Danny Ainge’s Draft Night History

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Al Jefferson, Rajon Rondo, Marcus Banks and Gerald Green. (Photo by Jesse D. Garrabrant and Andrew D. Bernstein/NBAE via Getty Images)

Al Jefferson, Rajon Rondo, Marcus Banks and Gerald Green. (Photo by Jesse D. Garrabrant and Andrew D. Bernstein/NBAE via Getty Images)

BOSTON (CBS) – The Boston Celtics own the sixth and 17th overall picks in Thursday night’s NBA Draft, but you may as well flip a coin to figure out if Danny Ainge actually uses them.

Ainge has had hits and misses over the course of his career in the draft, but you always have to pay attention because you never know when he has a blockbuster trade in the works. Ainge’s record shows that he’s never afraid to make a draft night trade, as he’s done five times in his 11 years at the helm, and some would argue he prefers trading for veterans over using his picks.

Read: Who Could Celtics Draft With 6th Overall Pick?

The Celtics have welcomed a truckload of prospects in for workouts this summer, from potential sixth overall picks like Marcus Smart, Noah Vonleh, Aaron Gordon and Julius Randle, to the bevy of hopefuls at 17 like T.J. Warren, Shabazz Nappier, and P.J. Hairston.

But with all those workouts, there have been just as many trade rumors. Kevin Love is still in the mix, though the latest reports have Golden State as the favorites, and there are probably a handful of trades Ainge has discussed behind closed doors that haven’t leaked out.

Read: Who Could Celtics Draft At 17?

The Celtics also do not have a second round pick, which is where Ainge tends to make the most out of selections. Ryan Gomes, Leon Powe and Glen Davis are just a few examples, so don’t expect Ainge to sit back after the 17th pick — if they choose to use it.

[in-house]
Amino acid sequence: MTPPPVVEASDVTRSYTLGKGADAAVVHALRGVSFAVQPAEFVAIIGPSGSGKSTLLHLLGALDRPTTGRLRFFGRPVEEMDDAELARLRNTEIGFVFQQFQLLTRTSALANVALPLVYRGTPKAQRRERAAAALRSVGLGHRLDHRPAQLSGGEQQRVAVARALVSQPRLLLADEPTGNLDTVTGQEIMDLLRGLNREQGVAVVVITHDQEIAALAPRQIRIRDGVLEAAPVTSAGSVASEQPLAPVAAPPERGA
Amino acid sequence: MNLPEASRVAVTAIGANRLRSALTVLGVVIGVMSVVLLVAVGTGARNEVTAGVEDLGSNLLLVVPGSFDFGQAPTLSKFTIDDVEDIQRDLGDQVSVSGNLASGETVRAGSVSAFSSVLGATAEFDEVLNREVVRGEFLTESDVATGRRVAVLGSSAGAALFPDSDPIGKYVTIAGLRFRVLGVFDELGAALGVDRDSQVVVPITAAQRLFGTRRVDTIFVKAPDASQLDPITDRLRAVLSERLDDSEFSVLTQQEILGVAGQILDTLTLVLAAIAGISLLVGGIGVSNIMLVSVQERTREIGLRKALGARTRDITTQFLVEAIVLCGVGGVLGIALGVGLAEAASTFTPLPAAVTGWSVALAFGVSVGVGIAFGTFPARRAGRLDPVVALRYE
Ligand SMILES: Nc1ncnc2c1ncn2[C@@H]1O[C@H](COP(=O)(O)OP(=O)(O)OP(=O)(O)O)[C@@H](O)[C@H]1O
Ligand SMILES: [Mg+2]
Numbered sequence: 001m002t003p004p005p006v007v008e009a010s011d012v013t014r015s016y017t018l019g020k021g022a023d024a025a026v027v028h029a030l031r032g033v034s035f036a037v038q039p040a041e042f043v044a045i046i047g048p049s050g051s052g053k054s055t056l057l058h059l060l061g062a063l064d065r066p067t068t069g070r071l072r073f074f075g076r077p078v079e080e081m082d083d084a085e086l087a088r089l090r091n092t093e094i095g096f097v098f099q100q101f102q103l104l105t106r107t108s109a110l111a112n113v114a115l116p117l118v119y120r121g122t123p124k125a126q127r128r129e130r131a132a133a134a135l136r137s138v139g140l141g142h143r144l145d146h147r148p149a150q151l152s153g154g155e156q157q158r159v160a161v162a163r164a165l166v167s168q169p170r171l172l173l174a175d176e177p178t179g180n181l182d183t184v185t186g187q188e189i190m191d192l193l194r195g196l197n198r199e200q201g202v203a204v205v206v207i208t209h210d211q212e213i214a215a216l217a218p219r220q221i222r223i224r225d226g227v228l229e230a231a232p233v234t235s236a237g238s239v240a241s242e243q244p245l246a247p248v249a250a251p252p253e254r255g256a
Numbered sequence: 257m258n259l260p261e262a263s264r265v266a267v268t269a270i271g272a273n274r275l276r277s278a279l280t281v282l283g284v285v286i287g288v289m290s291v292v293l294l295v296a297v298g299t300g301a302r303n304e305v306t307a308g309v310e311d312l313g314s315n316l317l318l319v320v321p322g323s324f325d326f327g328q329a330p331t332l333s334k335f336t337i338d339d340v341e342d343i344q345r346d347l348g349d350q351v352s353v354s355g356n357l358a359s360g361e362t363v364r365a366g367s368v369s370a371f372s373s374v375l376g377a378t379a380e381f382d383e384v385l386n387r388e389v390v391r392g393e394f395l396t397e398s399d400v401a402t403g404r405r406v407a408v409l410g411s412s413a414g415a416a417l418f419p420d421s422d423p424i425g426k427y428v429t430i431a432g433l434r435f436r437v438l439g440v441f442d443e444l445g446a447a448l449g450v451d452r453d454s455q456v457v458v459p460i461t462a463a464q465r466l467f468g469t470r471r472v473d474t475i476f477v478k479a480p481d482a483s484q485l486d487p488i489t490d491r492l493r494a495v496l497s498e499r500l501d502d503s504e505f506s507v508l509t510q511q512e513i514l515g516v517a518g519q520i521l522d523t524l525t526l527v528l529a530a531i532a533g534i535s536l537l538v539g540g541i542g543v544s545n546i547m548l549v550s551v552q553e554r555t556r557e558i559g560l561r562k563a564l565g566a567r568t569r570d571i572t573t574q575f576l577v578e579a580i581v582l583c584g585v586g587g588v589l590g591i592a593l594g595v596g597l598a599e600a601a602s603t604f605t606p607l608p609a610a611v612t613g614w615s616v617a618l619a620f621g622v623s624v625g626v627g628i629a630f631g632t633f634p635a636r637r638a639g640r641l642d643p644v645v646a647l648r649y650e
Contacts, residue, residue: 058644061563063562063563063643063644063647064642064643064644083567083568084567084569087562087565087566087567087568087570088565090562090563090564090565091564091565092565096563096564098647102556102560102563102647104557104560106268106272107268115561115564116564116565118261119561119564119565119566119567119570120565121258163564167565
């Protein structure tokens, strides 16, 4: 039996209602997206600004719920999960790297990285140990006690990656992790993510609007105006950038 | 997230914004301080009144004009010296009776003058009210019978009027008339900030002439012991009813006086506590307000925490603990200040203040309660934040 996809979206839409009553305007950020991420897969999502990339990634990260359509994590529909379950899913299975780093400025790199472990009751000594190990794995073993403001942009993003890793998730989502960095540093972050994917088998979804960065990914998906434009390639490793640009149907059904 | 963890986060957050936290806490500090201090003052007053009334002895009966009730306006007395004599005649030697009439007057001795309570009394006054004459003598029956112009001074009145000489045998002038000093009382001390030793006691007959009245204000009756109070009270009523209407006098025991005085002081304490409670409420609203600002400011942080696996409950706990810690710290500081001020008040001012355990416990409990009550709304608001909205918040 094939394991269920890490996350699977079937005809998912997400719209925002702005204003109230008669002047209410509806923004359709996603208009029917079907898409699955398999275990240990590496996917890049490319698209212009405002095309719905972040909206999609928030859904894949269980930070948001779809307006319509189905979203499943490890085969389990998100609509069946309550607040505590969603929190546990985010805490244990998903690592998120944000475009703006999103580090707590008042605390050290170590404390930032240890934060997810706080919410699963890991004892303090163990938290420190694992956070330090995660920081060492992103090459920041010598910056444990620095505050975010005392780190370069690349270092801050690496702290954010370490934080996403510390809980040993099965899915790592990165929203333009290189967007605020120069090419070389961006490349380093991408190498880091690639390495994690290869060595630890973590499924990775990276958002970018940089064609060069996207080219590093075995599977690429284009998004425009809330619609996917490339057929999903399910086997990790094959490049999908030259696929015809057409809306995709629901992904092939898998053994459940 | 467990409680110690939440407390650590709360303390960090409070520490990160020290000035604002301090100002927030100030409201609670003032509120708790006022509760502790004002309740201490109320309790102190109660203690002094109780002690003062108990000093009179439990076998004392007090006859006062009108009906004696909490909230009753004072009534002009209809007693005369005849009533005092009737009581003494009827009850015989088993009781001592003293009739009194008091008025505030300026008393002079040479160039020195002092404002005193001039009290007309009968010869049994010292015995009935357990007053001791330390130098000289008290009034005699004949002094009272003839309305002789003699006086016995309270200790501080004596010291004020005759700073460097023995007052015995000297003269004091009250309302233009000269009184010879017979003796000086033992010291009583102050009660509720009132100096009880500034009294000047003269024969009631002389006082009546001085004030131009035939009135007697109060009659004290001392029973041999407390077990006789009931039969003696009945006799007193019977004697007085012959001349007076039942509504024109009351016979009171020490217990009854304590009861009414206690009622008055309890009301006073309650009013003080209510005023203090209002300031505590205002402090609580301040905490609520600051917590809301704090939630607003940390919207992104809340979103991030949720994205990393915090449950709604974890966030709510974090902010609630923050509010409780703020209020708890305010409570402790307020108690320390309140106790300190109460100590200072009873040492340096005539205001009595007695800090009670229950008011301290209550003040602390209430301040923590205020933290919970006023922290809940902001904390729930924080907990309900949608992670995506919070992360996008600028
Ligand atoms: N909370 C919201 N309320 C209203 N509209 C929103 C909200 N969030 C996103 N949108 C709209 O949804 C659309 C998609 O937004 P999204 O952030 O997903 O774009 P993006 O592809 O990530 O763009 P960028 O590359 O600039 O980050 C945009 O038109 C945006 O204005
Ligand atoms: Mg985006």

Sometimes the best way to predict the future is to look in the past (pretty deep, we know), so here is a look at Ainge’s draft nights since he took over the Celtics in 2003.


Danny Ainge made a draft night trade for the fifth time in his tenure as Celtics president of basketball operations in 2013, moving up three spots to land Gonzaga forward Kelly Olynyk. The Mavericks selected the seven-footer for the Celtics with the 13th overall pick, and then received the rights to Lucas Nogueira (drafted 16th overall) and two future second round picks in return. Being the NBA though, the trade couldn’t be formally announced until after Nogueria was selected, so the kid had to walk up on stage and attempt to put on a Celtics hat despite the fact he knew he was heading to Dallas (and then later in the evening, the Atlanta Hawks). And at least Olynyk’s hair is almost as entertaining as Nogueira’s.

Nogueria wouldn't wear that Celtics hat for long. (Photo by Mike Stobe/Getty Images)

Nogueria wouldn’t wear that Celtics hat for long. (Photo by Mike Stobe/Getty Images)

Though 13th overall was a little high for Olynyk according to all the experts, he put together a solid rookie season. In 70 games (nine starts) Olynyk averaged 8.7 points and 5.2 rebounds per game. He played in the Rising Star Challenge at All-Star Weekend, and finished the season strong by averaging 12 points and six rebounds per game over the final 22 games of the season. He closed his rookie year with three straight 20+ point games, and was named to the NBA All-Rookie second team.

Ainge also grabbed a seven-footer in the second round, sending cash considerations to the Indiana Pacers for Colton Iverson out of Colorado State. Iverson did not play for the Celtics last season, instead heading to Turkey to play full-time, but the team is hoping he can become a role player in the NBA.


The Celtics owned two first-round picks in 2012, their own at 21st and 22nd (from the Thunder, via the Clippers, as part of the Jeff Green trade) overall, and Ainge went for two big-men with HUGE question marks.

Ainge took Jared Sullinger 21st overall, who would have been a top five pick in the 2011 draft if he had declared after his freshman season. He put up 17.5 points and 9.2 rebounds per game as a sophomore at Ohio State, but back issues dropped his draft stock drastically and he fell to the Celtics. Sullinger played in 45 games as a rookie, averaging six points and six rebounds per game until his back pain became too much and required surgery.